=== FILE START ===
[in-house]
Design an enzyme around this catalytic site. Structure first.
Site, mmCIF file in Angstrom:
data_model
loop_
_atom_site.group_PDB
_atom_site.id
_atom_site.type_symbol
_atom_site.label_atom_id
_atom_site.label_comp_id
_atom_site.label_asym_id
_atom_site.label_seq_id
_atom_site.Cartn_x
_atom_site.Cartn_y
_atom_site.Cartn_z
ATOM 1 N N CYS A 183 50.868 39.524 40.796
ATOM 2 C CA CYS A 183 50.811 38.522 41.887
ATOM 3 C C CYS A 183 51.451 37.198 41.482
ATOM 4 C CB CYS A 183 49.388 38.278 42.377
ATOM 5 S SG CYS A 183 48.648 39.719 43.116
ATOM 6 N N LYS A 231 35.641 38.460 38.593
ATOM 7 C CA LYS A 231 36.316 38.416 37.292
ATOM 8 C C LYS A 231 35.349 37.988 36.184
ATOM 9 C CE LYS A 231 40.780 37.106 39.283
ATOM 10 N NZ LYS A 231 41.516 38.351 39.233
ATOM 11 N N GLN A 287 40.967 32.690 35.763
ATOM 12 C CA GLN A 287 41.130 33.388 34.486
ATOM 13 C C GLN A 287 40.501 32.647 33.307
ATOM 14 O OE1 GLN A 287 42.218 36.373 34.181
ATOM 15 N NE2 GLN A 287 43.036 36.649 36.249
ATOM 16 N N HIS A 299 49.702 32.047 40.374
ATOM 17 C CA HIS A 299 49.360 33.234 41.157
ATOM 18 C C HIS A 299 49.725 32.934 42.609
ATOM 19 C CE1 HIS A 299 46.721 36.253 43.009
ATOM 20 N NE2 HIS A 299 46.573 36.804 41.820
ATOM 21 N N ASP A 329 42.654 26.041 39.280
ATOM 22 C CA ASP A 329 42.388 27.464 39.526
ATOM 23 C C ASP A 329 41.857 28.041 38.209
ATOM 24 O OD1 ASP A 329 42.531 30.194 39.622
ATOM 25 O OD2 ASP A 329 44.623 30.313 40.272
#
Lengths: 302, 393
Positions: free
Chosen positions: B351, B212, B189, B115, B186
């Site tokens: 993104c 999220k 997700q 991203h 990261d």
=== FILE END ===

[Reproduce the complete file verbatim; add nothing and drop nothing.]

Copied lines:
[in-house]
Design an enzyme around this catalytic site. Structure first.
Site, mmCIF file in Angstrom:
data_model
loop_
_atom_site.group_PDB
_atom_site.id
_atom_site.type_symbol
_atom_site.label_atom_id
_atom_site.label_comp_id
_atom_site.label_asym_id
_atom_site.label_seq_id
_atom_site.Cartn_x
_atom_site.Cartn_y
_atom_site.Cartn_z
ATOM 1 N N CYS A 183 50.868 39.524 40.796
ATOM 2 C CA CYS A 183 50.811 38.522 41.887
ATOM 3 C C CYS A 183 51.451 37.198 41.482
ATOM 4 C CB CYS A 183 49.388 38.278 42.377
ATOM 5 S SG CYS A 183 48.648 39.719 43.116
ATOM 6 N N LYS A 231 35.641 38.460 38.593
ATOM 7 C CA LYS A 231 36.316 38.416 37.292
ATOM 8 C C LYS A 231 35.349 37.988 36.184
ATOM 9 C CE LYS A 231 40.780 37.106 39.283
ATOM 10 N NZ LYS A 231 41.516 38.351 39.233
ATOM 11 N N GLN A 287 40.967 32.690 35.763
ATOM 12 C CA GLN A 287 41.130 33.388 34.486
ATOM 13 C C GLN A 287 40.501 32.647 33.307
ATOM 14 O OE1 GLN A 287 42.218 36.373 34.181
ATOM 15 N NE2 GLN A 287 43.036 36.649 36.249
ATOM 16 N N HIS A 299 49.702 32.047 40.374
ATOM 17 C CA HIS A 299 49.360 33.234 41.157
ATOM 18 C C HIS A 299 49.725 32.934 42.609
ATOM 19 C CE1 HIS A 299 46.721 36.253 43.009
ATOM 20 N NE2 HIS A 299 46.573 36.804 41.820
ATOM 21 N N ASP A 329 42.654 26.041 39.280
ATOM 22 C CA ASP A 329 42.388 27.464 39.526
ATOM 23 C C ASP A 329 41.857 28.041 38.209
ATOM 24 O OD1 ASP A 329 42.531 30.194 39.622
ATOM 25 O OD2 ASP A 329 44.623 30.313 40.272
#
Lengths: 302, 393
Positions: free
Chosen positions: B351, B212, B189, B115, B186
């Site tokens: 993104c 999220k 997700q 991203h 990261d």